Under what circumstances should Nevada raise taxes? Would you support a tax increase this session?
Good tax policy is about achieving the right balance between funding necessary services while not unfairly burdening families and businesses. That’s why I will be evaluating any proposed changes to our tax policy on case-by-case basis. It is also important to evaluate what the revenue will fund. I am in favor, for example, of an excise tax on recreational marijuana sales, so long as the funds are dedicated to public schools.
What programs/parts of the state would be best to cut? What programs/areas need more funding in 2017?
At this point, it is premature to say what we should or should not cut from the budget. We will have extensive budget hearings this session, and I believe those hearings will inform our final budget decisions.
Nearly all legislators list diversifying Nevada’s economy and creating new, permanent jobs for Nevadans among their highest priorities. What specifically do you personally plan to do to help accomplish that?
I believe we should require that Nevada-based businesses, particularly those that commit to hiring Nevada workers, get a preference in bids for publicly funded projects. Policies that focus on Nevada workers will create jobs and expand our business tax base in-state.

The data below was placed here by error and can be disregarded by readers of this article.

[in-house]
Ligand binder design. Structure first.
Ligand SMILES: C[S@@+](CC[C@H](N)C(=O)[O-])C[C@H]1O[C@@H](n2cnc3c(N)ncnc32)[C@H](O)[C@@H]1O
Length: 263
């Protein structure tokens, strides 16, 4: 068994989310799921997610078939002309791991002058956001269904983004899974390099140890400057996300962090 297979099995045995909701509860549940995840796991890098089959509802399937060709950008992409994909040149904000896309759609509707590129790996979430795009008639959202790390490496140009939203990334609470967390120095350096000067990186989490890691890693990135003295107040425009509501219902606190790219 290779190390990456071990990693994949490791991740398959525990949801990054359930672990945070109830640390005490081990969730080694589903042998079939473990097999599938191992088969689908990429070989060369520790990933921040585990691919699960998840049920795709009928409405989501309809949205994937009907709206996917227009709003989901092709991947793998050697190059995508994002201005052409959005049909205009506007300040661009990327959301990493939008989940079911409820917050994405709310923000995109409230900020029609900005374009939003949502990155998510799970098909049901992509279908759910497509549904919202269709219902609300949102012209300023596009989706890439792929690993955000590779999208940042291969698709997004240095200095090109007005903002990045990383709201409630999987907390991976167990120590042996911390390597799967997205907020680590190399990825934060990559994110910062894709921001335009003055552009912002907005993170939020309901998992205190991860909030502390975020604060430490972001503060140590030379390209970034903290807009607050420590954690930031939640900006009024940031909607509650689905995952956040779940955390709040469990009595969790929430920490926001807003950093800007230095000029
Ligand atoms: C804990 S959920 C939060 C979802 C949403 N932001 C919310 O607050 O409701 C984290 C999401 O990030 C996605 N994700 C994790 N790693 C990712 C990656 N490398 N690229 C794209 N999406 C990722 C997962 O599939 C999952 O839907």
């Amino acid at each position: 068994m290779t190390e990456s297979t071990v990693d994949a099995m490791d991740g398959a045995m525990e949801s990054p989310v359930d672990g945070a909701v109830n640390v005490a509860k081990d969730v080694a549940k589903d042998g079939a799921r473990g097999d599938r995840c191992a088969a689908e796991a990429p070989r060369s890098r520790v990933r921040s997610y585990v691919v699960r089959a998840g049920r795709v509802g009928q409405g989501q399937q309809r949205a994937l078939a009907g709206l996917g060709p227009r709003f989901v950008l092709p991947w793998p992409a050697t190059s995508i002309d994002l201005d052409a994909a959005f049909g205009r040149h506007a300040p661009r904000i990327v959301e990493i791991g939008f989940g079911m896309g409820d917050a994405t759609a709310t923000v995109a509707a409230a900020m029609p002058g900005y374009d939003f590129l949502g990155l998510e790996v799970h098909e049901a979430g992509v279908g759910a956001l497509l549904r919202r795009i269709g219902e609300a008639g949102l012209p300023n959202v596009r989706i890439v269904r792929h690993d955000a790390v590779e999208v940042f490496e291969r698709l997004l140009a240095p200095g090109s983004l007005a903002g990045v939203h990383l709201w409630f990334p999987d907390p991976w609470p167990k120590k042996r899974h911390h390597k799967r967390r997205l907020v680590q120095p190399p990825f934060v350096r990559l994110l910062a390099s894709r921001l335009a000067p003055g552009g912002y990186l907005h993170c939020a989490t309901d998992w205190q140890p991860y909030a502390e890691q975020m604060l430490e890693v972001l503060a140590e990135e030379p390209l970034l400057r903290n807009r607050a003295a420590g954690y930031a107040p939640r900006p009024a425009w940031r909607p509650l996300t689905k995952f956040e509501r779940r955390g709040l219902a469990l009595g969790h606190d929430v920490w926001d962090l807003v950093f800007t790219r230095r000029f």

To diversify our economy, I want to be sure we invest in both our infrastructure, and our public K-12 and higher education systems. If we do not have strong infrastructure and an educated workforce, we will not be able to attract diverse businesses to the state.
What should be Nevada’s next move on solar policy?
A robust solar industry is essential, both for job creation and to protect our State’s environment. We need to focus on finding a responsible way forward that allows our solar industry to grow and to create new opportunities to employ Nevadans.
In September, the Nevada Supreme Court blocked funding for the state’s school choice program. What legislative changes do you think should be made to the program this session?
I committed to my constituents that I would listen to all ideas on improving our education system, and I am committed to giving parents more say in how the education system is managed. However, I think we should recognize that vouchers that drain money out of the public school system are not the only way forward. Magnet schools, a well-regulated charter school system, and public school choice programs will help parents better tailor schooling to their kids educational needs.
Should Nevada change its minimum wage? If yes, at what level should it be set?
Nevada’s minimum wage needs to be increased. I plan to hear testimony before I make a decision on what number is best.
Are there any particular issues on which you see yourself working across party lines? If so, which ones? If not, why not?
I hope there will be opportunities to work across the aisle on issues related to economic development and education.
From the Editor